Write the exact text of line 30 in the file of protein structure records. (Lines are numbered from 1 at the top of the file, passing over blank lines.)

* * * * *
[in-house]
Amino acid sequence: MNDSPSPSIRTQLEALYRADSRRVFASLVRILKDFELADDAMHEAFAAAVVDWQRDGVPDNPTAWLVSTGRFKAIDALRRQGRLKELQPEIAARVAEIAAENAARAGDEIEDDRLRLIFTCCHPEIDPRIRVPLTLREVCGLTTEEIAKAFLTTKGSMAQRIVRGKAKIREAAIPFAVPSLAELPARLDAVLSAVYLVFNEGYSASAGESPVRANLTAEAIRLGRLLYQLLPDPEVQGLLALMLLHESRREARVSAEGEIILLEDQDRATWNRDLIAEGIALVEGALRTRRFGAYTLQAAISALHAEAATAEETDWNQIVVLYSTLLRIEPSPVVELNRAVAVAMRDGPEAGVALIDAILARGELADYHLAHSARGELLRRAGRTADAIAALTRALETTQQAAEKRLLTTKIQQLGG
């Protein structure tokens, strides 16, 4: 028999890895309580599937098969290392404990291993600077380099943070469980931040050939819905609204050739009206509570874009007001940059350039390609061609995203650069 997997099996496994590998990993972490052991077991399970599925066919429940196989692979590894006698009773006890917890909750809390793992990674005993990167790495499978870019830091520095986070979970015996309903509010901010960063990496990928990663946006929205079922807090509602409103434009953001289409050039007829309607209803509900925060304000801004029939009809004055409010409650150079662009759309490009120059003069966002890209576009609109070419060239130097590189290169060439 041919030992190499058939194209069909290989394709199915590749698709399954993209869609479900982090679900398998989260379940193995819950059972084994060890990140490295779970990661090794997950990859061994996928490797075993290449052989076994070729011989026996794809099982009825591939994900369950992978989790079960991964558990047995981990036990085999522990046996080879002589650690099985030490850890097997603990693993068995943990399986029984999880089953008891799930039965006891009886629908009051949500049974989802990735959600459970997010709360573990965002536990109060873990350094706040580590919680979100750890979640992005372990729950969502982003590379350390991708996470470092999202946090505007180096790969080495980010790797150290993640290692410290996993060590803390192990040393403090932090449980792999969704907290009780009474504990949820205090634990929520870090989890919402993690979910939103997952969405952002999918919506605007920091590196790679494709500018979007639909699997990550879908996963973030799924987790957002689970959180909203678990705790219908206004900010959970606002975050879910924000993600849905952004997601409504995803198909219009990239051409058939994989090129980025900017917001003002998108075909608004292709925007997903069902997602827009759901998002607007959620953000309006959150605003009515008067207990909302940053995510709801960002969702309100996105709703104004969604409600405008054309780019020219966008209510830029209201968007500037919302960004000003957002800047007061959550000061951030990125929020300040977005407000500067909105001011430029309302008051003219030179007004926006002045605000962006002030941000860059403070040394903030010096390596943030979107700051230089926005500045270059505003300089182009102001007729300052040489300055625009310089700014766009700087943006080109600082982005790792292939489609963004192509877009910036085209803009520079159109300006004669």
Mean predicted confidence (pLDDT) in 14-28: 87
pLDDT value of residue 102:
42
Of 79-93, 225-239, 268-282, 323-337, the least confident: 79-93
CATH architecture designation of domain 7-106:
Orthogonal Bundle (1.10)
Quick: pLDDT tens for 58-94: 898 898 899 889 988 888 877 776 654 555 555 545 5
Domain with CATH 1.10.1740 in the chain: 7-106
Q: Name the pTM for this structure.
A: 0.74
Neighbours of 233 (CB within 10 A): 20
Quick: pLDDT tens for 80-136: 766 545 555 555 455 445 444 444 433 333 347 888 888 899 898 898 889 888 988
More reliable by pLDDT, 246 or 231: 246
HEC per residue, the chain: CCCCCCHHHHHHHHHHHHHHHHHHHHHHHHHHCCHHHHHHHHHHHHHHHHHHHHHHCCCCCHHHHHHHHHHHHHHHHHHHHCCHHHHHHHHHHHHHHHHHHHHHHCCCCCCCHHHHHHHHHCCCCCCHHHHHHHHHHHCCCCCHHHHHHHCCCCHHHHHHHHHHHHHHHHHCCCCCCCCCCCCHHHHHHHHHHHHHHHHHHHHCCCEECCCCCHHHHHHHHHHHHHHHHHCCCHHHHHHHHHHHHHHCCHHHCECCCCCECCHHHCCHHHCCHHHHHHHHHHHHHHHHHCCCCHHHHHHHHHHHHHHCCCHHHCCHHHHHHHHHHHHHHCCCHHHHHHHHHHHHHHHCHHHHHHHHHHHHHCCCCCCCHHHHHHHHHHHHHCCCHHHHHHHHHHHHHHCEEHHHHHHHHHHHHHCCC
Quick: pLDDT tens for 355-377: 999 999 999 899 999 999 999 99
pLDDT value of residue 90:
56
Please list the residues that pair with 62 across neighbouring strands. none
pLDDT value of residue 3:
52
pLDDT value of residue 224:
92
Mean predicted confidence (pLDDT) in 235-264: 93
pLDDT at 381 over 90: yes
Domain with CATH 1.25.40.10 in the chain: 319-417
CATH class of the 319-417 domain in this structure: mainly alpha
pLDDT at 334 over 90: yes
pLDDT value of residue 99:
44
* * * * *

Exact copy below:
pLDDT at 334 over 90: yes